Multnomah County Commissioners today unanimously resolved to be a place where people can visit clinics, libraries and other services without fear.
The resolution reaffirms existing Multnomah County policy and Oregon law.
Chair Deborah Kafoury and Commissioner Loretta Smith brought the sanctuary county resolution in response to the anxiety and uncertainty after the 2016 presidential campaign. Commissioner Smith likened it to the board’s proclamations on LGBTQ rights, marriage equality, and support of seniors, the homeless and children.
“We want to make sure our policy is to serve everyone in our community without reservation and without fear of reporting them to immigration,’’ said Commissioner Loretta Smith. “We are a safety net government. We are a place where you can come if children are sick or hungry. We are not a policing organization, our goal is to serve the most vulnerable.’’
The unanimous vote came after public testimony highlighting the concerns.
“Our community is experiencing tremendous fear and anxiety,’’ said Alice Perry of Latino Network. “Students are being bullied, children as young as five are anxious about what will happen to parents, we have heard from community members about harassment at their jobs.’’
Oregon law prohibits public agencies from spending money, using equipment or enlisting personnel to enforce federal immigration law. Multnomah County Sheriff’s office issued a declaration this fall reminding residents of that firewall. Sheriff Mike Reese reiterated his department’s policy.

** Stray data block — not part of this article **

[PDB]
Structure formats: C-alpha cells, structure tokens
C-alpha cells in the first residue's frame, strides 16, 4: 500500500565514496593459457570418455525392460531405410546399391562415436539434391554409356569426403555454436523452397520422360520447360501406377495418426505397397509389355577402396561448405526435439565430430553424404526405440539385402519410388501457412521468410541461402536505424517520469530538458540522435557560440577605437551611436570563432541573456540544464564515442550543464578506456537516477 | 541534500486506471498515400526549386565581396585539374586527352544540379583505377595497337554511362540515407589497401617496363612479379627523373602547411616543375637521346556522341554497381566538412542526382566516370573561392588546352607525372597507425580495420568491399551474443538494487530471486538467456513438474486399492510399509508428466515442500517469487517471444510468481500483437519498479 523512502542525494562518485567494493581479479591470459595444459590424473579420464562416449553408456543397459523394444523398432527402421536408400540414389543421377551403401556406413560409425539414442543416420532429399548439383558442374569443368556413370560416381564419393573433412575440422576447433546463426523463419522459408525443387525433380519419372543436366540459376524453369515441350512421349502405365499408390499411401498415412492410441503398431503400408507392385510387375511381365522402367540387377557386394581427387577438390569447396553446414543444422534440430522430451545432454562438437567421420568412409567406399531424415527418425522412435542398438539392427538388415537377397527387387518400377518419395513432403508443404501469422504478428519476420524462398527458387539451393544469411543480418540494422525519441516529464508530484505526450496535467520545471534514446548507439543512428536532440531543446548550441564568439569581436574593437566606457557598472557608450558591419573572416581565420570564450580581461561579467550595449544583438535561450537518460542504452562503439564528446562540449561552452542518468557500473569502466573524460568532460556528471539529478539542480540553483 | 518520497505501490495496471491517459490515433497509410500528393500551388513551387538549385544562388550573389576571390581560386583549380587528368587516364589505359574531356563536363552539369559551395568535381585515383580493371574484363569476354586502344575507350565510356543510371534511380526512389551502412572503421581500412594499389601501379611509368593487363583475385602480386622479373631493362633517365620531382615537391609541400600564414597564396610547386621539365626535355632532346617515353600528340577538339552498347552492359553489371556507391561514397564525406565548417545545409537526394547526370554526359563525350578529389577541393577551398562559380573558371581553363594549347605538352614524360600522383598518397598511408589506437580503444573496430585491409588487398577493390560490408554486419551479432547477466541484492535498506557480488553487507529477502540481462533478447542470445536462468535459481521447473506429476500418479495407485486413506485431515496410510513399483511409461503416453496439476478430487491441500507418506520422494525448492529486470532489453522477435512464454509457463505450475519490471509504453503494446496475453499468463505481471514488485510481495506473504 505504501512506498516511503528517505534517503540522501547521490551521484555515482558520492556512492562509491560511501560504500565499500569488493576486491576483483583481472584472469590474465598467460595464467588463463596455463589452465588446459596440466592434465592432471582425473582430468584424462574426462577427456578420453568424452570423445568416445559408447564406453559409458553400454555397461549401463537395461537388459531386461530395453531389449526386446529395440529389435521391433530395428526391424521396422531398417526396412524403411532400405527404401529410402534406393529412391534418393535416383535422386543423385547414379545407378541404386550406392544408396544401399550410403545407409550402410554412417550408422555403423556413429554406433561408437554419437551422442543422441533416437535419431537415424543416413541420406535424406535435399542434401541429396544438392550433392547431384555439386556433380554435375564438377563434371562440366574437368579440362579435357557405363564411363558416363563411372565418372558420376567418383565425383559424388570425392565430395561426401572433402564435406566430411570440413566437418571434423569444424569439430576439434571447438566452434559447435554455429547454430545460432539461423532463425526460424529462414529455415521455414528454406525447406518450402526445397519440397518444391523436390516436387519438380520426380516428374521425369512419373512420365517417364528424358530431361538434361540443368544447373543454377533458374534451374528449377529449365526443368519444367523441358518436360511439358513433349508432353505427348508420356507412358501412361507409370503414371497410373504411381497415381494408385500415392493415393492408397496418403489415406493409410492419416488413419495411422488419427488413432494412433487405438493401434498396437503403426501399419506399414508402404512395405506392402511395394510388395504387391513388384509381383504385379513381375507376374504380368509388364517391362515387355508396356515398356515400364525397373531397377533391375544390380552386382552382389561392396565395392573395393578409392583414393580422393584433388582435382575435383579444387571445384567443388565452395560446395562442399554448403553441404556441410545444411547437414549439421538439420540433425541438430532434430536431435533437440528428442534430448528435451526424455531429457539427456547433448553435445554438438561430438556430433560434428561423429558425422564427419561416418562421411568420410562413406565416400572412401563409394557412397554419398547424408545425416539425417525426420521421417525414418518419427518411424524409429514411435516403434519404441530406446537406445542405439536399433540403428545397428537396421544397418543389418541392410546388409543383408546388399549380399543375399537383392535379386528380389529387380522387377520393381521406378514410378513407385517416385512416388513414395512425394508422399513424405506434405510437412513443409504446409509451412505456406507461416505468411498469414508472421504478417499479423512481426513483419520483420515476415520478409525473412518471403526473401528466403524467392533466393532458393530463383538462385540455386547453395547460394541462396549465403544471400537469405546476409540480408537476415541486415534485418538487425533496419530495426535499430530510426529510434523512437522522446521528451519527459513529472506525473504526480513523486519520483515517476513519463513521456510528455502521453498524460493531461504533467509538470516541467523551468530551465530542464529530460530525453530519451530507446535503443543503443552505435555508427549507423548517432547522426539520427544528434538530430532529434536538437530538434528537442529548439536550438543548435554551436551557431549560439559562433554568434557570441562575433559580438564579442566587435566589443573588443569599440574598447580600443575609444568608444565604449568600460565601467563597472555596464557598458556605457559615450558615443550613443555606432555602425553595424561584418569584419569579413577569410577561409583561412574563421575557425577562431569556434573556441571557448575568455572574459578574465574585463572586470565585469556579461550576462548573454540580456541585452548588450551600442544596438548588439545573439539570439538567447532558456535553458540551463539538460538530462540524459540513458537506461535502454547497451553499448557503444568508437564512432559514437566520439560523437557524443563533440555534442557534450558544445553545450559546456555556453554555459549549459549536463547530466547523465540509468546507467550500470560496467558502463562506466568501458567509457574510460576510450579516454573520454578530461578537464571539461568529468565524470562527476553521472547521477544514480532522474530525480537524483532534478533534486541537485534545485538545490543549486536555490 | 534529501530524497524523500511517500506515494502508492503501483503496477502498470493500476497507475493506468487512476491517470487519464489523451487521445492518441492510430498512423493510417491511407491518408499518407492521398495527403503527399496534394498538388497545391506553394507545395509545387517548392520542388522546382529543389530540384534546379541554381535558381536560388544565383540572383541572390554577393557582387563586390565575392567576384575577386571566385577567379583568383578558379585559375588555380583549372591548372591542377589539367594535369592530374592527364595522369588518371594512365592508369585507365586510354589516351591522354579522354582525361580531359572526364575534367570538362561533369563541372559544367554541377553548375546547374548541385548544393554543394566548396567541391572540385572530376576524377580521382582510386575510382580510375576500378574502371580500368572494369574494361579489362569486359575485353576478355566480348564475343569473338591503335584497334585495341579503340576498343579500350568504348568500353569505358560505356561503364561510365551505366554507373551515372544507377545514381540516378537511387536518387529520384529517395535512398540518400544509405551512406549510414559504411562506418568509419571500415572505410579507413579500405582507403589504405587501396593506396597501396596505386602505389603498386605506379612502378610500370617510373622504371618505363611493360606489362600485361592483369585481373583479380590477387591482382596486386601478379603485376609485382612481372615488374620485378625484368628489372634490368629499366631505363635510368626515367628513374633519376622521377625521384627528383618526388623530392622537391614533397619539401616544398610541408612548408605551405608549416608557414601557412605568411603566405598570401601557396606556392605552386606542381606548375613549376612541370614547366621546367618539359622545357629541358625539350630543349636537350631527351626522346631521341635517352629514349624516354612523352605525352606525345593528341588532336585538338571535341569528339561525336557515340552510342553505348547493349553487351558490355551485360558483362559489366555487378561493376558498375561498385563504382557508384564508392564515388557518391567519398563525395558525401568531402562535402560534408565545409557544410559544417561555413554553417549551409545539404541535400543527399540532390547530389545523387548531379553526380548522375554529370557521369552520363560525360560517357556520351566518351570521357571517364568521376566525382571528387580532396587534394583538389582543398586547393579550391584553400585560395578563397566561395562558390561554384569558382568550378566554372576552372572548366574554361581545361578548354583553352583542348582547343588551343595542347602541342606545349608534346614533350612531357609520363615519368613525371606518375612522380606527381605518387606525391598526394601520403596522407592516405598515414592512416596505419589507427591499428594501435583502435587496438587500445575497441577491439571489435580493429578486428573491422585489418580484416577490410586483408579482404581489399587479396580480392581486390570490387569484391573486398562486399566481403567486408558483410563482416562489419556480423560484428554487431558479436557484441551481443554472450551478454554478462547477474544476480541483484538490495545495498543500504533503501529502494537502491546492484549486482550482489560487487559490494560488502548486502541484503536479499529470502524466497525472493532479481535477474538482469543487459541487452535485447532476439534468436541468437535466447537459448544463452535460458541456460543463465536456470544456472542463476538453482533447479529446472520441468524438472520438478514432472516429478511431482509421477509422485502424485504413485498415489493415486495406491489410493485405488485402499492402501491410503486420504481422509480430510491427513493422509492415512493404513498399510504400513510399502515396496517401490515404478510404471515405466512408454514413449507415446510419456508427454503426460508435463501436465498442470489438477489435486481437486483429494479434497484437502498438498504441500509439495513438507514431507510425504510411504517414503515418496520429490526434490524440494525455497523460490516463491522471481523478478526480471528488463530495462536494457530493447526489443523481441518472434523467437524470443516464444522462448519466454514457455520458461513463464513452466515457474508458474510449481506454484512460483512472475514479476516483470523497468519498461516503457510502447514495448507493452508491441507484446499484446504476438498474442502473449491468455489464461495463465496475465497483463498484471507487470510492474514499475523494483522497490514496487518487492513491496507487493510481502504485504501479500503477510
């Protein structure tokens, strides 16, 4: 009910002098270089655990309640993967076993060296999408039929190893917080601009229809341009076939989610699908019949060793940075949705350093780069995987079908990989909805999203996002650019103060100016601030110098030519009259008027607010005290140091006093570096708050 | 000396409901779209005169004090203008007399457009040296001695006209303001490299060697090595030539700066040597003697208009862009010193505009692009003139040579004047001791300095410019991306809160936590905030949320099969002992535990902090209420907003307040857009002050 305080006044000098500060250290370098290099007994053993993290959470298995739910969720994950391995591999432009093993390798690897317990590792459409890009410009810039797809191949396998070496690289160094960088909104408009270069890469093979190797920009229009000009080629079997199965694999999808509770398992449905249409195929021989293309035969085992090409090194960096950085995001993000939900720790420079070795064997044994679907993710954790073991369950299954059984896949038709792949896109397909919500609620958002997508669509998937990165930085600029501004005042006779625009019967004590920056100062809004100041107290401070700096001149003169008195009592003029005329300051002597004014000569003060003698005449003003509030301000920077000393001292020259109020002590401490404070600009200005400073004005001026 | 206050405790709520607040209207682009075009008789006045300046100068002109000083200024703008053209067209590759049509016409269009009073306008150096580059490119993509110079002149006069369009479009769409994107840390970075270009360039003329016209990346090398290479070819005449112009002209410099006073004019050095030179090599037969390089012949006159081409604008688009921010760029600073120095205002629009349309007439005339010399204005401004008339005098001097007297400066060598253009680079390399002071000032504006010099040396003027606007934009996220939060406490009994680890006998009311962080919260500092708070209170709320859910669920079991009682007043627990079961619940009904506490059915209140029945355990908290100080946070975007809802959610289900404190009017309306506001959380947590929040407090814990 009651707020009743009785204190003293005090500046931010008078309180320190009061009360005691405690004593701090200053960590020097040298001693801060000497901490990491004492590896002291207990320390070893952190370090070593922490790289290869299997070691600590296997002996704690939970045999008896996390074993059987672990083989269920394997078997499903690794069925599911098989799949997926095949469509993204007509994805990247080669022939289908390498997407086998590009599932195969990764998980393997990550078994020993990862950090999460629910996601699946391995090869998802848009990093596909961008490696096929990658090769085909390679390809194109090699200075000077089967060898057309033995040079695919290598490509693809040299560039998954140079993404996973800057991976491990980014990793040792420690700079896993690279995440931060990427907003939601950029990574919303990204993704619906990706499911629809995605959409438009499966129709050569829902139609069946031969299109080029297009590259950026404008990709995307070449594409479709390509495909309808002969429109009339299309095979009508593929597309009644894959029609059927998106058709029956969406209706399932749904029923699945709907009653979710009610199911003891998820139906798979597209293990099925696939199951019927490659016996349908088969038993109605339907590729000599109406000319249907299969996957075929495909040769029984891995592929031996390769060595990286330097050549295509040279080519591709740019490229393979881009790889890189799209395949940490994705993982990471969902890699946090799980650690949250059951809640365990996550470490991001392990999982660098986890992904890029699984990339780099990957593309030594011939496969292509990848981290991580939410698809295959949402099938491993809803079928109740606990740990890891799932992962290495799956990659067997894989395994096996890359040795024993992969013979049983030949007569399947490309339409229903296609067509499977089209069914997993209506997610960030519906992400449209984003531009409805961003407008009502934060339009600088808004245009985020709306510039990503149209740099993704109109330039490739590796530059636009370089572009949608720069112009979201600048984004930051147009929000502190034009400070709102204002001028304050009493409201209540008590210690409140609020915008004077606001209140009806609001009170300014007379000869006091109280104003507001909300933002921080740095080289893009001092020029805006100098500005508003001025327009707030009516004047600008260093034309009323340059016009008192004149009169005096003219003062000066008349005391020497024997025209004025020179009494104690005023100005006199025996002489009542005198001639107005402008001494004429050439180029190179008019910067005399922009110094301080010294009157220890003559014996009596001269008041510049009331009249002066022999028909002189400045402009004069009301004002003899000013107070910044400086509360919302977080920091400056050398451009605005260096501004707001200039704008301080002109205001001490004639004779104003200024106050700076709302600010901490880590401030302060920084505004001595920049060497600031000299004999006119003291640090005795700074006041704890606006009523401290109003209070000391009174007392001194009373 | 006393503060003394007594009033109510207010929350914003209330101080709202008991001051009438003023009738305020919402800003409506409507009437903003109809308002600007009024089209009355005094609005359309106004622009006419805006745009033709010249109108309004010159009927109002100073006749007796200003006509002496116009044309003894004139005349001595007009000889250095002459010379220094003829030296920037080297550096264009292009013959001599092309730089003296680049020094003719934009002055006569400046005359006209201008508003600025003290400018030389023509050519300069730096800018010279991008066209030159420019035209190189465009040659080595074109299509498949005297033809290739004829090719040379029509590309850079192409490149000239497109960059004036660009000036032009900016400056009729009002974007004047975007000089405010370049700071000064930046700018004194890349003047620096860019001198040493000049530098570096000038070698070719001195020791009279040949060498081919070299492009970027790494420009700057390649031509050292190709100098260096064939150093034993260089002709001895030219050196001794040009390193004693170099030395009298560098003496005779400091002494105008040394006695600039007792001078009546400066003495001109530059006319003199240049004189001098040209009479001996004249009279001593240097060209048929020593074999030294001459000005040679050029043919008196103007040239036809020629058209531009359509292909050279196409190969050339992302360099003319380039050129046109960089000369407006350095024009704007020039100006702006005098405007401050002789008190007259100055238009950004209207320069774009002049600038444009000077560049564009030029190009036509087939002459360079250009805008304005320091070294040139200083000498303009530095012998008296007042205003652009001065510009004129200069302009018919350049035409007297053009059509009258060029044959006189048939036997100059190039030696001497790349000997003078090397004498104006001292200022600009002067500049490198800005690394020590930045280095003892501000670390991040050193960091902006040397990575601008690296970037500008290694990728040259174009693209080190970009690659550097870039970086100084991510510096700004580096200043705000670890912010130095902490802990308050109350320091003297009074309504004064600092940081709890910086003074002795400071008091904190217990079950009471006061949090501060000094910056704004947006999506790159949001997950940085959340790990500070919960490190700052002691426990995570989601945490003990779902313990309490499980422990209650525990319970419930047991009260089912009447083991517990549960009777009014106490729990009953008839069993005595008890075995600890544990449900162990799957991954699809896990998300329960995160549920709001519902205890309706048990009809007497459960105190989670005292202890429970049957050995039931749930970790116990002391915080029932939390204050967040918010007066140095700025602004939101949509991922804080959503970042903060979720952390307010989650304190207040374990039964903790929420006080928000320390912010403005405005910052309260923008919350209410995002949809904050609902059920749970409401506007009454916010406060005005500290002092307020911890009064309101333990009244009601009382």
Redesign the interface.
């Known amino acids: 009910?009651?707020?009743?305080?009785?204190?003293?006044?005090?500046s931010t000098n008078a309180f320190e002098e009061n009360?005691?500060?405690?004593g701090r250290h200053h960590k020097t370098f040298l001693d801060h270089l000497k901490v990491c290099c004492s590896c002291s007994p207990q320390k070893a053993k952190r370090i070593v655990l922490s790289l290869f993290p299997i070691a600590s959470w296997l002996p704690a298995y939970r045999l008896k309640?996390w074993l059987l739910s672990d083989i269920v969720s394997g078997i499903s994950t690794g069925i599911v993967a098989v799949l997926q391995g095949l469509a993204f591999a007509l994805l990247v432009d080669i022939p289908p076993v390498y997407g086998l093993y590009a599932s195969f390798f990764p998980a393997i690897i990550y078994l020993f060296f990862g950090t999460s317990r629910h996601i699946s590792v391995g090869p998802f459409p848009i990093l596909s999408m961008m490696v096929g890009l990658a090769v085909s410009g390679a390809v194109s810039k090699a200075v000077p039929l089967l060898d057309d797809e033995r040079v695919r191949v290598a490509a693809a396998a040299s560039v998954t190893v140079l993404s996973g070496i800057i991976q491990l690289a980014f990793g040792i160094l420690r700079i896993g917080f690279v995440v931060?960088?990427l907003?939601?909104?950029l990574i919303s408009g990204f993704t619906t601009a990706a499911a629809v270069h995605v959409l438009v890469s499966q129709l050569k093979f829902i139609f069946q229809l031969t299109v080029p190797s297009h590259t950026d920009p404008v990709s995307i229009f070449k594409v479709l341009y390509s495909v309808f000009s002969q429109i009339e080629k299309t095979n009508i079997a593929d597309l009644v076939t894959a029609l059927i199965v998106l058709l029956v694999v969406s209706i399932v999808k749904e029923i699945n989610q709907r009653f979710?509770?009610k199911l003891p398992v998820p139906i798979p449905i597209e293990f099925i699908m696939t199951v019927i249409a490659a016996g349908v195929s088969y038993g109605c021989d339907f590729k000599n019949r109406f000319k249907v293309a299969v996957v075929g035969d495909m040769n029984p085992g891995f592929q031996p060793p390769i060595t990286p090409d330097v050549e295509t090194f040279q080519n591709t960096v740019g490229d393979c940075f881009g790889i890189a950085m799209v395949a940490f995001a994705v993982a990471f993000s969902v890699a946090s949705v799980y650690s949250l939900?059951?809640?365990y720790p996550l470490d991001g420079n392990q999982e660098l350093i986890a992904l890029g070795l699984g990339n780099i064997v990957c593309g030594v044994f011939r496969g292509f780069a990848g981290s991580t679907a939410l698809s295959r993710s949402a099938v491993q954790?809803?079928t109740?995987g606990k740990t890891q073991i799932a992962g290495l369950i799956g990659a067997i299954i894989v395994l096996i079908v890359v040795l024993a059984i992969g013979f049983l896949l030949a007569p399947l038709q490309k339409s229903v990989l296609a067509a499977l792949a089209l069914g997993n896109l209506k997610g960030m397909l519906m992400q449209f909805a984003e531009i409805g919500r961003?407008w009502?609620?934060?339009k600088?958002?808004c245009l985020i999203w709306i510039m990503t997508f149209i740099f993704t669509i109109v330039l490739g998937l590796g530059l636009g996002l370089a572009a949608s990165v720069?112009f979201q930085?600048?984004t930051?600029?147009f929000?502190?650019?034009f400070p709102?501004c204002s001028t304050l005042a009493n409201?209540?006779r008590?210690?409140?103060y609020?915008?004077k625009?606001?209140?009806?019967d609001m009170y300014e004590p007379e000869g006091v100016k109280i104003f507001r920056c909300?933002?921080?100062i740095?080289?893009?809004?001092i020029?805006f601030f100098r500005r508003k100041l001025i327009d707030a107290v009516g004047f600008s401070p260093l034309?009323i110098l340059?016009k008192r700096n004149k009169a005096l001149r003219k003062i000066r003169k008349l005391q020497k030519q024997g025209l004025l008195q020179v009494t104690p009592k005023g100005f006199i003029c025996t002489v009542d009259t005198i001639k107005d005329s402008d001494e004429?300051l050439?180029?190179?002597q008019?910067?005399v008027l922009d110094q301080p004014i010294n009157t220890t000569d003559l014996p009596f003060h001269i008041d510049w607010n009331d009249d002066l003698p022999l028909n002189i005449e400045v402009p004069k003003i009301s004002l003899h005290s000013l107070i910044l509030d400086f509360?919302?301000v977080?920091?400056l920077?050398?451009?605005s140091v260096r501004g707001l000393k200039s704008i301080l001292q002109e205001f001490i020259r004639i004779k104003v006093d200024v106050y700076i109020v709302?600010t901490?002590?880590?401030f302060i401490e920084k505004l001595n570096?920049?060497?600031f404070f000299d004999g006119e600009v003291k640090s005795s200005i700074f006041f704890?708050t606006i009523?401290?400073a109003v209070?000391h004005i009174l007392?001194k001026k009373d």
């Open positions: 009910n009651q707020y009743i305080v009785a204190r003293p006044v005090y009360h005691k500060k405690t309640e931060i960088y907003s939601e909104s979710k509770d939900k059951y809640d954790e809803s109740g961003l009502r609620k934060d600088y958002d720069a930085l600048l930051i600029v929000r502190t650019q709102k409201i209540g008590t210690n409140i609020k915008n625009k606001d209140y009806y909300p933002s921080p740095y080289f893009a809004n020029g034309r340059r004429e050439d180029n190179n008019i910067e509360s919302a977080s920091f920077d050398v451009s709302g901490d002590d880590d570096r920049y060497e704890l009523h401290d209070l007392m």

And local jurisdictions across the state are reiterating that commitment as immigrant residents raise concerns about what immigration enforcement will look like in a Donald Trump administration.
The city of Corvallis this month passed a resolution declaring it a “sanctuary” city. Portland Mayor-elect Ted Wheeler last month reiterated the city’s stance. Portland Community College declared itself a “Sanctuary College”earlier this week. And Ashland Police Chief Tighe O'Meara took to Twitter, to clarify that, in fact, “the entire State of Oregon is a 'sanctuary' state."
“The stakes are high,” said Andrea Miller, executive director of the immigrants rights group Causa. “I see this resolution as an affirmation of Multnomah County’s values and one step of many that we need to take to create a welcoming and inclusive county for all.”
Chair Deborah Kafoury said her goal in re-stating the county’s position was to ensure people would get services and their health would be protected and to take a stand against hatred, racism and violence.
“We cannot allay every fear and we don’t know all the answers. But we can affirm the commitment of our staff and the policies of this county are and will be focused on supporting the health and well being of our immigrant and refugee community,” she said.
Smith thanked those who spoke, emphasizing the importance of everyone having the bravery to testify regardless of an individual's position on immigration. Because she said everyone needs to feel they have the freedom to speak up.
“Equity looks like us opening our doors to a woman and her kids who need to run away from domestic violence. It looks like being able to use our health and dental services for all people. Equity looks like making sure children who use SUN schools and other programs that able to do without reporting to immigration.”
That, she said, is what equity looks like to the Multnomah County Board of Commissioners.“Thank you for taking care of human beings from whoever they are, wherever they are,” said Jacqueline Mercer, executive director of the Native American Rehabilitation Association of the Northwest. “Each of us stands with you.’’